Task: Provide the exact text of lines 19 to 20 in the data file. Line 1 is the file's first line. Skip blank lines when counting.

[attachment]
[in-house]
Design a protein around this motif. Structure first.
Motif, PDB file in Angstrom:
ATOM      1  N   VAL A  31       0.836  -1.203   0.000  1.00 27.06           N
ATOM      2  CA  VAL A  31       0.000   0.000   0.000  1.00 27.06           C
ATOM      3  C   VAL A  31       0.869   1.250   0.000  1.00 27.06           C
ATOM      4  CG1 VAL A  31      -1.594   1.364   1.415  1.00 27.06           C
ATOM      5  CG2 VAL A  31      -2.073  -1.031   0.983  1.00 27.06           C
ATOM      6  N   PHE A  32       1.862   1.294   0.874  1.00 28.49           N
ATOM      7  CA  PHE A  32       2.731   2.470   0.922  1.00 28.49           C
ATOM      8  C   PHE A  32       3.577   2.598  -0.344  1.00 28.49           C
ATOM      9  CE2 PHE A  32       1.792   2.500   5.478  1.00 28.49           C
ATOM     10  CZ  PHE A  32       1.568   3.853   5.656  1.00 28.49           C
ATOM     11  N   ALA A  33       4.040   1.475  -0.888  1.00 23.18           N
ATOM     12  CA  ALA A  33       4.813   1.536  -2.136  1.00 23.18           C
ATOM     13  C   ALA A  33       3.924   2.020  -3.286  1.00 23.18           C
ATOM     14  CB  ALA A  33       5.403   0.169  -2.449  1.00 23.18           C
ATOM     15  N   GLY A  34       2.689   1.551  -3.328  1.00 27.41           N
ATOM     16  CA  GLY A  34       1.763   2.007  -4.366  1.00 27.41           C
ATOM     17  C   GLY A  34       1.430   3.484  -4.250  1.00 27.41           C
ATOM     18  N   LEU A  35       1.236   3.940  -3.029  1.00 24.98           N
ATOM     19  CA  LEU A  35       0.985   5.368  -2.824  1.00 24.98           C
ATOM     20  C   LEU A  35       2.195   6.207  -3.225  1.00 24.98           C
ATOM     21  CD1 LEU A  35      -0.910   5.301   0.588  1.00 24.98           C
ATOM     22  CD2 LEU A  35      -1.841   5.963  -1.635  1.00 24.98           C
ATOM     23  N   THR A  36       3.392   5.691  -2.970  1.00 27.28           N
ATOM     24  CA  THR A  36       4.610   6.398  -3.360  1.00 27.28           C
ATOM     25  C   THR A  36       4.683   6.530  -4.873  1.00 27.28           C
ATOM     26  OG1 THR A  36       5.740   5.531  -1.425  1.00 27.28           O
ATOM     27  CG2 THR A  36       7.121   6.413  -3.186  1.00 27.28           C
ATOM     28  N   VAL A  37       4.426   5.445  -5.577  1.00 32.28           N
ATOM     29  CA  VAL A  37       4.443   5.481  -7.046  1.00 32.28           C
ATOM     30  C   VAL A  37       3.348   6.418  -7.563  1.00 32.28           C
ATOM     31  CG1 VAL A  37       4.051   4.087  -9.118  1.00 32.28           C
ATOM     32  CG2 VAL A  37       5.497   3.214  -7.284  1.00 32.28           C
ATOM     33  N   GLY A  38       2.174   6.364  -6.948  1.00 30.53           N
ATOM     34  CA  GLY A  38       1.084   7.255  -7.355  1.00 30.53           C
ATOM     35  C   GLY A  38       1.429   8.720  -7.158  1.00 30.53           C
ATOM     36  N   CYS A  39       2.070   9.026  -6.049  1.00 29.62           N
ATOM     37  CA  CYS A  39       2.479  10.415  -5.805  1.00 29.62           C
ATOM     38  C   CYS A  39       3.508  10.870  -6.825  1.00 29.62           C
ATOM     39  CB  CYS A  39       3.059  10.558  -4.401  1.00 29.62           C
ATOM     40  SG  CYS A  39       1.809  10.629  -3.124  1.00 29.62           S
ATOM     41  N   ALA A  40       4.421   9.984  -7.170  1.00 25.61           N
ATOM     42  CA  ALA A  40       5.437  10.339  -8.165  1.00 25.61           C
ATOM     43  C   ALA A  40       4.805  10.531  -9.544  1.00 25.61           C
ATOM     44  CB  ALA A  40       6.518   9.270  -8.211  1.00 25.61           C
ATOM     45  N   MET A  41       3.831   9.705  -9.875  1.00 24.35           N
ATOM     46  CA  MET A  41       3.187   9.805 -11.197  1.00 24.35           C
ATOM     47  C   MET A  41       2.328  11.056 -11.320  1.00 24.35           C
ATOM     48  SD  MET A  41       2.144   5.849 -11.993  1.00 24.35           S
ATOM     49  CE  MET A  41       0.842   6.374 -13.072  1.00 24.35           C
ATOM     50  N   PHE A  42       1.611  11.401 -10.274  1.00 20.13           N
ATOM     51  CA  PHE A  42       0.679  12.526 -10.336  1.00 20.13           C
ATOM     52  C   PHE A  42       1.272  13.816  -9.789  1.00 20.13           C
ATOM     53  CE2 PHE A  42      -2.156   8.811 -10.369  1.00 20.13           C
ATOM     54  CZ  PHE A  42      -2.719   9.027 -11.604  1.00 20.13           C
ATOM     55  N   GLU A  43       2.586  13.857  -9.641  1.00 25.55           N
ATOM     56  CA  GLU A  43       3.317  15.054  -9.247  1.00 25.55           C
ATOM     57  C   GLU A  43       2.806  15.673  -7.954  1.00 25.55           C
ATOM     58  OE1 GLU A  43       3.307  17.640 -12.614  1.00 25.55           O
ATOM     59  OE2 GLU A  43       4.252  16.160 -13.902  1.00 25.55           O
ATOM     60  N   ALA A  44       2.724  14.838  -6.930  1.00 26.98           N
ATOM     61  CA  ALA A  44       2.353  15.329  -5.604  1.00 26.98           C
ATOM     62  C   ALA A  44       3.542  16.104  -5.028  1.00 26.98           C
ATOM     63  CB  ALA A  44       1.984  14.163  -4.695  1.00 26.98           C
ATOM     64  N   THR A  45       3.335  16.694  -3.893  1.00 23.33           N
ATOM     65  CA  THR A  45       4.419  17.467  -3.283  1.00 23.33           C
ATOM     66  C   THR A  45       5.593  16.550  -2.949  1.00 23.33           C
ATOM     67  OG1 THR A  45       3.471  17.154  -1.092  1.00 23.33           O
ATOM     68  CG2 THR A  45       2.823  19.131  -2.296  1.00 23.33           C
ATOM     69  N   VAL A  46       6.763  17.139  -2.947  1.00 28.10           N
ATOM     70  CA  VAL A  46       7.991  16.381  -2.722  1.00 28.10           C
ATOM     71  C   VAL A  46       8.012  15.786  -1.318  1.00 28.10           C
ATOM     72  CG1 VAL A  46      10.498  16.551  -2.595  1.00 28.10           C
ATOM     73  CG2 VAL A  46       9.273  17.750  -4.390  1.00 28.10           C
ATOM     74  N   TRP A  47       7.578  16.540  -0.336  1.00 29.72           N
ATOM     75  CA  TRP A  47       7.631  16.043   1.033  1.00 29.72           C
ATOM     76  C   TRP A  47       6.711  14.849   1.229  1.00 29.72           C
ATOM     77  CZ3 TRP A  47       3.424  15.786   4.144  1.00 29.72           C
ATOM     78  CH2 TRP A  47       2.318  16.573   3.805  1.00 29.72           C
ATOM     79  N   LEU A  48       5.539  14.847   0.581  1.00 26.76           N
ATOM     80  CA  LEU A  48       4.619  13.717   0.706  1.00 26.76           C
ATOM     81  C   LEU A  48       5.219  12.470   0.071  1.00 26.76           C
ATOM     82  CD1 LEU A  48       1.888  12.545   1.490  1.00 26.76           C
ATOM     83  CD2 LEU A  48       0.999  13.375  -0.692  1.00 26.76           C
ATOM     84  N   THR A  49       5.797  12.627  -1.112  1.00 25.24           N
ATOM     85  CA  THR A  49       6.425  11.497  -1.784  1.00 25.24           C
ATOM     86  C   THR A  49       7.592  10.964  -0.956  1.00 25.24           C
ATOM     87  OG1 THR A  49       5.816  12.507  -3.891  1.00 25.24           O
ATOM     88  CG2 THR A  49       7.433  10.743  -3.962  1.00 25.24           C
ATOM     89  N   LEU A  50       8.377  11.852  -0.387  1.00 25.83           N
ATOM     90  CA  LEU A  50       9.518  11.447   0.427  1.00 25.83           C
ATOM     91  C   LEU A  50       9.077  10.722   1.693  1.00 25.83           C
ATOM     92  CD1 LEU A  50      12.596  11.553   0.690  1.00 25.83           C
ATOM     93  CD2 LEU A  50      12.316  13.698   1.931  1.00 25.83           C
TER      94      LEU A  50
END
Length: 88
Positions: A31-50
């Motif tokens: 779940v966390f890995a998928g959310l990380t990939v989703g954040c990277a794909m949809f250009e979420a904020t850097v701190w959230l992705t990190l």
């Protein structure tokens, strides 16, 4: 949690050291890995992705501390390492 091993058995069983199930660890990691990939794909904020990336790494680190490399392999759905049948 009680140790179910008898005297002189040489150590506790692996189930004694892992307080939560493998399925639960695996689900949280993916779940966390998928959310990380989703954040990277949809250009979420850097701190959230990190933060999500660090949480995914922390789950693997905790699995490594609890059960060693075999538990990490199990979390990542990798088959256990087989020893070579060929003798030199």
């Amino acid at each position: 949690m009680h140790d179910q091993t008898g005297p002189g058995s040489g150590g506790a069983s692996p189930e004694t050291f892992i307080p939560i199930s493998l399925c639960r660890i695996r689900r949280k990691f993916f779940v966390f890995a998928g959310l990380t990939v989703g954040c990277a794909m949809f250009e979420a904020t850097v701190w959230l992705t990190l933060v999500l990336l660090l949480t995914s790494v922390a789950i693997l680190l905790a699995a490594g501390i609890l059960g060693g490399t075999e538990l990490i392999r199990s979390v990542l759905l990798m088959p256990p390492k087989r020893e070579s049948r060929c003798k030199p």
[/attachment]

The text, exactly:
ATOM     16  CA  GLY A  34       1.763   2.007  -4.366  1.00 27.41           C
ATOM     17  C   GLY A  34       1.430   3.484  -4.250  1.00 27.41           C